Anti-Alaskan Democrats pose a threat to the future of the Southeast economy

Posted: Sunday, September 09, 2007

Campaigning gets rougher before the state primary election next August 28. It also can be tough in the nonpartisan municipal elections in October as some environmentalists seek local office. However, it is unlikely that the Democrats will make gains in Alaska if they don't encourage changes by the national party and its leaders. A look at the record is discouraging.

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The Democrats' leading Alaska politician, former Gov. Tony Knowles, has had two crushing defeats since he was governor, one by Sen. Lisa Murkowski and one by Gov. Sarah Palin. Going back to 1973, a majority of Democrats in the U.S. Senate sided with the Wilderness Society and other environmental organizations and voted against approving the trans-Alaska Oil Pipeline. The pipeline was approved by one vote, that of Republican Vice President Spiro Agnew.

Where would Alaska be today without that pipeline, or the other states, especially West Coast states? Watch out for when permits are asked for the natural gas pipeline from Prudhoe Bay to the Lower 48. In 1994, Alaska Pulp Co. in Sitka asked permission of the Democratic Clinton administration to switch production to kraft grade pulp. In a one-page letter to the regional forester, Under Secretary of Agriculture James Lyons not only said no, he ordered ALP's long-term timber contract canceled.

In 1995, President Clinton vetoed legislation that would open the coastal plain of the Arctic National Wildlife Refuge to oil exploration. In 1996, Louisiana-Pacific considered switching its Ketchikan Pulp Mill to a chlorine-free product. In order to justify the expense, L-P asked for an extension of its long-term timber contract. Instead, the Clinton administration bought out the contract for 300 million board feet of timber and $140 million. L-P took the money to British Columbia, where by 1999, it had opened four new mills with lots of new jobs.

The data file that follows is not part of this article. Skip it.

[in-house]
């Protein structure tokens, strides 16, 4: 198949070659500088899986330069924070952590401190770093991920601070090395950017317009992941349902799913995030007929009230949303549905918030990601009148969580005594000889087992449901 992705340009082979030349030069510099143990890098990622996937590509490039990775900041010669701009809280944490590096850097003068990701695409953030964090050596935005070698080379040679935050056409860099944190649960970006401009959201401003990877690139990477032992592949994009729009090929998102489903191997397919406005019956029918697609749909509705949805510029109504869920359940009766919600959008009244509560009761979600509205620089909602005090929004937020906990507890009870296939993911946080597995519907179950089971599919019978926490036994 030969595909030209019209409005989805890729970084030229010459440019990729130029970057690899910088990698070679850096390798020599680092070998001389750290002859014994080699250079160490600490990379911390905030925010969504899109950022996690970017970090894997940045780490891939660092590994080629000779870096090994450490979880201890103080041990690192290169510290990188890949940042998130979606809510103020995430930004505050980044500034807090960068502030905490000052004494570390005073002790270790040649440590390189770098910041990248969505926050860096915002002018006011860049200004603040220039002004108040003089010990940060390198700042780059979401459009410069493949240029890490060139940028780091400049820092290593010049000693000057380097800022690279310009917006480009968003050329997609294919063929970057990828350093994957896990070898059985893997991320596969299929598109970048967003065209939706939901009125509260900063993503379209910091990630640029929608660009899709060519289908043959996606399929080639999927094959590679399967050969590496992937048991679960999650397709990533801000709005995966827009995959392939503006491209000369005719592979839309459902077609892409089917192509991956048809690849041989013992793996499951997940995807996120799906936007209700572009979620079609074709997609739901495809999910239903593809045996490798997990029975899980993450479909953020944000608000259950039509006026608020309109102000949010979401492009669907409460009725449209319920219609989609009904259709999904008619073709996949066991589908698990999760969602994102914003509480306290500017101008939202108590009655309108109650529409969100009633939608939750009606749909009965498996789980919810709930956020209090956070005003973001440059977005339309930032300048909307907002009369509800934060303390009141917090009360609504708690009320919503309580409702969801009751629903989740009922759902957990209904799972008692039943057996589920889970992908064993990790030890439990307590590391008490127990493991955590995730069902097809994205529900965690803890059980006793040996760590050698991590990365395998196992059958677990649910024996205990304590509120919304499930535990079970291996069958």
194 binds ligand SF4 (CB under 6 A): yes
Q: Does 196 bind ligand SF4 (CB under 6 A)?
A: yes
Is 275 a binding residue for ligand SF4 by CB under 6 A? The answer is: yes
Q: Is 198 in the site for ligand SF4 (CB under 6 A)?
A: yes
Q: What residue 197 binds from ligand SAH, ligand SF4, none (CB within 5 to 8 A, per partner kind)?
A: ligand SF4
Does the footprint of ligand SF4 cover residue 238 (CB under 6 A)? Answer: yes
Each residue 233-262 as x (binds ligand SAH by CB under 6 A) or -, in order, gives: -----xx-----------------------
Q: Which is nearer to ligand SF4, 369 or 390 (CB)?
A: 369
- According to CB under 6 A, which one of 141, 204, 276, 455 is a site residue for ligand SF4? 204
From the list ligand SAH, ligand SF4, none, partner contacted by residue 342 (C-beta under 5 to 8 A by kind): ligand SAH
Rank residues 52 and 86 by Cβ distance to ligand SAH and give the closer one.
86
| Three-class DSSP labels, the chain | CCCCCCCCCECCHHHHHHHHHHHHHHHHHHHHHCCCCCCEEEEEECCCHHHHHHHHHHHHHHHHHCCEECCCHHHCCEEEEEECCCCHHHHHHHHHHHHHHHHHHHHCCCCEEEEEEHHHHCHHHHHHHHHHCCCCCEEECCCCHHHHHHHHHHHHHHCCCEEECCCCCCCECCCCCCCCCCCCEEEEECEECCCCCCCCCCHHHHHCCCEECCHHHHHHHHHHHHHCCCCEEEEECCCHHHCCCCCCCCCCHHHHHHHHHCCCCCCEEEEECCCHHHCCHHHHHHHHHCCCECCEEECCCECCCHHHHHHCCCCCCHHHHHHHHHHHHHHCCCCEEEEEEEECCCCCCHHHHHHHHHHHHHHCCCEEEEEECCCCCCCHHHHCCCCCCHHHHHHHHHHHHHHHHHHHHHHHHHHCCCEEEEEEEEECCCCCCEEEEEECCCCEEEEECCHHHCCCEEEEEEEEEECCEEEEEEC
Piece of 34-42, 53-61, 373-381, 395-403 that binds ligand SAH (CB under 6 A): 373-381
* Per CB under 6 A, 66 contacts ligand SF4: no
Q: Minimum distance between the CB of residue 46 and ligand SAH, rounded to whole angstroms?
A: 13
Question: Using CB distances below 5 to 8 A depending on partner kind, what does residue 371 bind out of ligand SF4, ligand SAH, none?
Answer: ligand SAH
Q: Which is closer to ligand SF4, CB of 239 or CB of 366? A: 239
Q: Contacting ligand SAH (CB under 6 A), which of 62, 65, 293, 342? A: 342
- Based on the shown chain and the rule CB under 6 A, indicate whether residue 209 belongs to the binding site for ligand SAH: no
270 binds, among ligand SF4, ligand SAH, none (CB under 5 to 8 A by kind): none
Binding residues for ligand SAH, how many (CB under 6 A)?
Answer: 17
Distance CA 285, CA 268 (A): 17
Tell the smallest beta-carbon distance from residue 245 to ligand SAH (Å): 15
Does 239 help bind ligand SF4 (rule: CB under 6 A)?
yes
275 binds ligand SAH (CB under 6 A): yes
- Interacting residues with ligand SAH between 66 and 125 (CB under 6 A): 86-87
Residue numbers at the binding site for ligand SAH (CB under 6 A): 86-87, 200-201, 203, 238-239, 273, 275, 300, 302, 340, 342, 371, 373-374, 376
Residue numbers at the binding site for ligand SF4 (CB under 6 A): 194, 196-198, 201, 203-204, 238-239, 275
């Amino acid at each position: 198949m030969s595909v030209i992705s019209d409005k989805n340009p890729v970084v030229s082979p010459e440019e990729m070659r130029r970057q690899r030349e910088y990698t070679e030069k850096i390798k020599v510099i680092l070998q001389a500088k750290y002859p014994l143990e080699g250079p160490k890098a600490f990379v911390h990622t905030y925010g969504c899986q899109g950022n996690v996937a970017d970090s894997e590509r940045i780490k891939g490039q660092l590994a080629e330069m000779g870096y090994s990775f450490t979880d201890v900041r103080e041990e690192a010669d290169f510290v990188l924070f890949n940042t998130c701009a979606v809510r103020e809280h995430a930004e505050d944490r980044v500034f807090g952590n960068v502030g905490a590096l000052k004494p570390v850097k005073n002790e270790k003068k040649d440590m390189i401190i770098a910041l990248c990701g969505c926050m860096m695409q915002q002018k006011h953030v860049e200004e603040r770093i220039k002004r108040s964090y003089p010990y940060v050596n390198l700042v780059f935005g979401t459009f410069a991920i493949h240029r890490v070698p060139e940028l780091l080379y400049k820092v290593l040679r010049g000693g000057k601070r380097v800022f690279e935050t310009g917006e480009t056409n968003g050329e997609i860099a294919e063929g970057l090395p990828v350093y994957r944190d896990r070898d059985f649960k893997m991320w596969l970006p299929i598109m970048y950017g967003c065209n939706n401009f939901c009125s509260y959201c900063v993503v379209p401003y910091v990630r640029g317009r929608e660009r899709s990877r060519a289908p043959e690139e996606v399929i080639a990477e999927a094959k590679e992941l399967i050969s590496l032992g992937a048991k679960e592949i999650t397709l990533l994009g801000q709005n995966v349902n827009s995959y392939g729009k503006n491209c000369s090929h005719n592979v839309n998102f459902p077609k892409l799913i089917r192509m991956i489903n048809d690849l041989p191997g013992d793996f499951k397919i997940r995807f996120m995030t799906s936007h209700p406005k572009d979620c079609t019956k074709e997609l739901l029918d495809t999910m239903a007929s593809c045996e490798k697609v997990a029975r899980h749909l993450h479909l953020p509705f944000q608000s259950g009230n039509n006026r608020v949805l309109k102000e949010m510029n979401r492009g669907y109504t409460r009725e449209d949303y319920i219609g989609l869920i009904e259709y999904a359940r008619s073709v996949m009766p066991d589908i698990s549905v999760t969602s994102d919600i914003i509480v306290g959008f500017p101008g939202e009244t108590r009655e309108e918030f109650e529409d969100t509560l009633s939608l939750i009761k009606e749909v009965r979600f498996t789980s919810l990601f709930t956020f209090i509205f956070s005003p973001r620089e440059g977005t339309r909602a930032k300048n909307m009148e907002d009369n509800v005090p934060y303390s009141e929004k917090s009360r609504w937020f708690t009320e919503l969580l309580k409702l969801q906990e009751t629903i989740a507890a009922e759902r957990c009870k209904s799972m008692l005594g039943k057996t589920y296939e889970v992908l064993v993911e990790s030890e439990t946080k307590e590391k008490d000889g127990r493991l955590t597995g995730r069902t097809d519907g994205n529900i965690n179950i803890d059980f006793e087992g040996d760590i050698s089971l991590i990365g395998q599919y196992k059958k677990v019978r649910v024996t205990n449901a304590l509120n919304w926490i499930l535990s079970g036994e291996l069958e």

Then before leaving office, Clinton invoked a ban on roads in roadless areas of the national forests, including Alaska, which blocks access to the communities of Southeast Alaska, and cripples logging.

Environmental groups also are opposed to opening the Kensington Mine north of Juneau unless it is done their way, whatever that is, just as they opposed reopening of the old Alaska-Juneau gold mine, now abandoned. Much of downtown Juneau sits on old A-J mine tailings, and they worry about Kensington tailings?

There is still a chance for the Democrats. If they drive enough industry and people out of Southeast, the Panhandle might go Democrat, but it also will have gone down the economic drain. The state's population increased 42,500 between 2001 and 2006, with 22,500 of those in Anchorage, but Southeast's population dropped more than 3,000 - 500 in Juneau in the last year.

Southeast can change its trends positively. Ketchikan is developing its shipyard and pushing Gravina access and development. The Swan Lake-Tyee Lake Intertie is going ahead, a new 14-mile road provides better access to Metlakatla. Kake seeks to develop power at Thomas Bay, and Juneau's potential boost is opening the Kensington Mine.

What Southeast needs is more roads to lower the cost of living. Many roads also provide rights-of-ways for power lines.

All of Southeast needs development of its mines and a timber supply to provide year-around jobs to supplement seasonal visitor industry employment. Southeast needs access to timber or we lose another 300-500 people not yet listed in the population trends.

Gov. Sarah Palin, in announcing special legislative sessions, says she would like them somewhere on the Alaska road system so more people have access to lawmakers. That should be a message to Southeast, roads are more economical and open 24/7 for the traveler. They also make ferry runs shorter and more affordable, lowering the cost of living blamed for Juneau's population loss.

Alaskans, at least in Southeast, will be watching the message from the candidates. So far, the Democrats lack a positive message. Their negative Alaska record concerns Alaskans, especially those in Southeast.

• Lew M. Williams Jr. is the retired publisher of the Ketchikan Daily News who has been a Southeast Alaska journalist since 1946.

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